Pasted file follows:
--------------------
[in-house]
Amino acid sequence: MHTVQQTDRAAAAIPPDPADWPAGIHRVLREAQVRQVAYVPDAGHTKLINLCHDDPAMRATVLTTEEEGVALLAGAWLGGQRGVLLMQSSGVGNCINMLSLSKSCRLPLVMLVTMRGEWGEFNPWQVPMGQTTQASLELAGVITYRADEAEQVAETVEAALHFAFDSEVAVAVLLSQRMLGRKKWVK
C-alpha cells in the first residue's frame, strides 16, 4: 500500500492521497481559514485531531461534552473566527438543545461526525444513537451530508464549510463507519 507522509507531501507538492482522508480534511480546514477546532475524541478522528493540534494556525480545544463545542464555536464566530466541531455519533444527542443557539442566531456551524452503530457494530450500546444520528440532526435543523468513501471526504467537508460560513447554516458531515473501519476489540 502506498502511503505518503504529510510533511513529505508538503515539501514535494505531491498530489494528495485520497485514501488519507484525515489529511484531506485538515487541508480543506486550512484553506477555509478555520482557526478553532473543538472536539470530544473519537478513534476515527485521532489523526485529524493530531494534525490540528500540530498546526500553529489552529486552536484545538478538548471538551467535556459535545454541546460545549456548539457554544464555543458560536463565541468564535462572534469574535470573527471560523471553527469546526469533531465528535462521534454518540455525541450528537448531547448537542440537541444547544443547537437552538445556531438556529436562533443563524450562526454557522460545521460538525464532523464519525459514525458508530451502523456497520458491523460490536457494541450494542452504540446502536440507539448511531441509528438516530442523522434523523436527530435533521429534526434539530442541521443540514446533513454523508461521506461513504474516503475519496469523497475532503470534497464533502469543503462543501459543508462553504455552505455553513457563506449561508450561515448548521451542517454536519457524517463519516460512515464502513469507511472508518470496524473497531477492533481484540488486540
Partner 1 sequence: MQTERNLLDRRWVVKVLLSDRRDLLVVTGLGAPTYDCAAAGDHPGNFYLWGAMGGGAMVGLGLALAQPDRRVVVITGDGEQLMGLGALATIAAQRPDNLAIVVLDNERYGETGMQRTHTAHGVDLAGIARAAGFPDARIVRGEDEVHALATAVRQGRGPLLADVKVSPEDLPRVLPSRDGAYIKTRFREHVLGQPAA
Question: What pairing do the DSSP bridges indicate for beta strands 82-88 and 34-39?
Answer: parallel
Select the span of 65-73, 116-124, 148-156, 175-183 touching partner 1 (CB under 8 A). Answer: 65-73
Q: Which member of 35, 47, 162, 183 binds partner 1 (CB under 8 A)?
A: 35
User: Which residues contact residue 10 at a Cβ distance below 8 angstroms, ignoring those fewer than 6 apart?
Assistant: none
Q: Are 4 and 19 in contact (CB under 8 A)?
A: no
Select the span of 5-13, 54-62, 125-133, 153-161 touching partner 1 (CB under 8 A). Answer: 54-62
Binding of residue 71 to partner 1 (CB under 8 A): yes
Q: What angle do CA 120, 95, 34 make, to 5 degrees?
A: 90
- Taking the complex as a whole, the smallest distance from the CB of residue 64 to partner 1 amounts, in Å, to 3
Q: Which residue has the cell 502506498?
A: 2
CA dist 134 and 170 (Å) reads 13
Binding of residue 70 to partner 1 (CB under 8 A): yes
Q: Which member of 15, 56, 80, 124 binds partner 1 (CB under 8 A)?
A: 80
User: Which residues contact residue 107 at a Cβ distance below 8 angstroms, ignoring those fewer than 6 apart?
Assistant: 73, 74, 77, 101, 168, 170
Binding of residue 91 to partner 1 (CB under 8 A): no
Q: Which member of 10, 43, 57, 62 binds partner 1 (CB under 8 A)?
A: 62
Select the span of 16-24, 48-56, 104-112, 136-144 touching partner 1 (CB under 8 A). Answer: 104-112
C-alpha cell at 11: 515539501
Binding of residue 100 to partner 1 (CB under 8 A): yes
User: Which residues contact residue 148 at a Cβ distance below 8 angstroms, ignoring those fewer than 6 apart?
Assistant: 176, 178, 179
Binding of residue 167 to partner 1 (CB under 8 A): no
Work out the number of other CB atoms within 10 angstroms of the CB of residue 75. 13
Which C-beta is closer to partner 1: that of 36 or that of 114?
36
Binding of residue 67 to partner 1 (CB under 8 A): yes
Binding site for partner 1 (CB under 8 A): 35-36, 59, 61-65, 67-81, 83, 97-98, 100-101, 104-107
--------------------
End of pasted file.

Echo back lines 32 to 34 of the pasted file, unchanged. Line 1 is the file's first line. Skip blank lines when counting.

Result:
Binding of residue 100 to partner 1 (CB under 8 A): yes
User: Which residues contact residue 148 at a Cβ distance below 8 angstroms, ignoring those fewer than 6 apart?
Assistant: 176, 178, 179